However, the FDI pattern is complicated by China’s capital controls. Although it welcomes inward FDI, it carefully regulates outflows as it fears they could be destabilising. That helps explain why Japan is a bigger player in relation to FDI into south-east Asia than China. Shin Sawada, director, investment management at Sumi Trust, points out that many Japanese firms have diversified from investing in China to investing elsewhere in the region. Part of the motivation is economic – with Japanese companies trying to optimise their international portfolios – but Japanese firms have already reacted against political hostility they have sometimes experienced.
In relation to the growing role of the renminbi, the pattern is mixed. On the one hand, in many respects the dollar remains by far the most important currency from an international perspective. According to data from the International Monetary Fund (IMF), the dollar accounted for 62.48% of official foreign exchange reserves compared with 20.39% for the euro and only 1.39% for the renminbi. Although the renminbi’s importance is clearly rising in this sphere, it is from a low base.
But there are ways in which the dominance of the dollar is starting to erode. Michael Howell, the managing director of CrossBorder Capital, pointed out in the July 2018 issue of IPE that trading started in March in a renminbi-denominated oil contract on the Shanghai futures exchange. It was only a small step but it was step away from the decades-old convention that oil, along with other commodities, should be traded in dollars.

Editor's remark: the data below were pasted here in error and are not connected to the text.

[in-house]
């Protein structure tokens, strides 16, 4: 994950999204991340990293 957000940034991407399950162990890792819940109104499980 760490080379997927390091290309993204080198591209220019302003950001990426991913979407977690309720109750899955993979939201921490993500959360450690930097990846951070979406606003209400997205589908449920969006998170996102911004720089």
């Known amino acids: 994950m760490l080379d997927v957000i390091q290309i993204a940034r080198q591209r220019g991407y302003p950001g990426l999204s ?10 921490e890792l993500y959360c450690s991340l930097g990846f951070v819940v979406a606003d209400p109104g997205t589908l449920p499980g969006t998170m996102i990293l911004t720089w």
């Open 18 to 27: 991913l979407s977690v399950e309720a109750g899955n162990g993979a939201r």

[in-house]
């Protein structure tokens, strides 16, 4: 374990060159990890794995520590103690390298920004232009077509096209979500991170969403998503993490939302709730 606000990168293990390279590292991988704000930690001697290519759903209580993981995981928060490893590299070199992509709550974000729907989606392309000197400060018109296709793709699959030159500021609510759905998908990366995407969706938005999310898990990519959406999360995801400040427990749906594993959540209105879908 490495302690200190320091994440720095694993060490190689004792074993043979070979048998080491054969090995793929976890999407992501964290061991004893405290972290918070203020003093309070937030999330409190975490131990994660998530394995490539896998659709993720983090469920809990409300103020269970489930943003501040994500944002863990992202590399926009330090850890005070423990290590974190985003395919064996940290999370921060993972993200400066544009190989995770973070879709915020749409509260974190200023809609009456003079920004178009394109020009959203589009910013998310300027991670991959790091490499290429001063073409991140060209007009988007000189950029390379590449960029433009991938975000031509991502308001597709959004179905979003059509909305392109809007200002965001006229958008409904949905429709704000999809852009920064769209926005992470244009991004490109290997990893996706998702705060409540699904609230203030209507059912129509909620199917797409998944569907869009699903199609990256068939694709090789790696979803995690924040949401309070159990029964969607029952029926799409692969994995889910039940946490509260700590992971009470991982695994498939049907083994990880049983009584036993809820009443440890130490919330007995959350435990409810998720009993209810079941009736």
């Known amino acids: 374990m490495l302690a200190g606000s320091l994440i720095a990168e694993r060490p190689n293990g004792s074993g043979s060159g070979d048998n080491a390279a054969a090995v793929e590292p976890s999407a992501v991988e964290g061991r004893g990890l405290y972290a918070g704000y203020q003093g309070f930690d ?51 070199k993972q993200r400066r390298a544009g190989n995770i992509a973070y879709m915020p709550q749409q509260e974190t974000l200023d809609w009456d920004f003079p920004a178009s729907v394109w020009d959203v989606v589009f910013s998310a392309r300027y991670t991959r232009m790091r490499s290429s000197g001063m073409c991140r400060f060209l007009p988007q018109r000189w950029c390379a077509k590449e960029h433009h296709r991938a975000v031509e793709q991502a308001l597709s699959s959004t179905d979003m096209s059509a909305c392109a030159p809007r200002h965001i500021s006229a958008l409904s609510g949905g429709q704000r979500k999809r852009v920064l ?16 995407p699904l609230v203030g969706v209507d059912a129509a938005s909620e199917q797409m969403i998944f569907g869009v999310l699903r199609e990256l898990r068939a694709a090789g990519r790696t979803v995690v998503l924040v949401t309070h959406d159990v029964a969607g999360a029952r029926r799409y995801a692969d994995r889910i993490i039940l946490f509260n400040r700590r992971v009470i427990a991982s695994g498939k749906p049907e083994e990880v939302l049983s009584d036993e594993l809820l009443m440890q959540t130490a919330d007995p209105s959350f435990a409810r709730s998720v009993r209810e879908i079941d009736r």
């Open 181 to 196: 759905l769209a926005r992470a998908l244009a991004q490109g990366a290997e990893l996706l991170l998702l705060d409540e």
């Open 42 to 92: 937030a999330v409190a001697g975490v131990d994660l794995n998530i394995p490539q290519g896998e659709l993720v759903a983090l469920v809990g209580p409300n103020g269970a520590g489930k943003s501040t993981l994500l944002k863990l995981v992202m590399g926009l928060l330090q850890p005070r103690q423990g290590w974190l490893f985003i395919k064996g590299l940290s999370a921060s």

In Asia the importance of the renminbi is much more developed. Chi Lo points out that “if you look at the data, over the past 15 years or so, the correlation of movement between Asian major currencies and the renminbi has increased at the expense of the Asian currencies’ correlation with the dollar and the euro”.
The impact of China on the rest of the world is undoubtedly growing but it is hardly new. In the voluminous discussion of the 10th anniversary of the Lehman crisis, little has been said of the subsequent role of China in bolstering the world economy. JPMAM’s Michele points out that, with its stimulus, “the Chinese stepped up and created aggregate final demand in a world that was devoid of it”.
Without Chinese action in 2008, the authorities around the world would have found it far harder to deal with the financial meltdown. Yet, a decade ago, China only accounted for about 12% of global output compared with almost 19% today, according to IMF figures (see figure).
Investors today would probably be advised to at least monitor key developments in China. Even if they do not invest in Asia, their fortunes look certain to be affected by movements within the Asian giant. They can choose to ignore China if they wish but there will be no escape from its influence.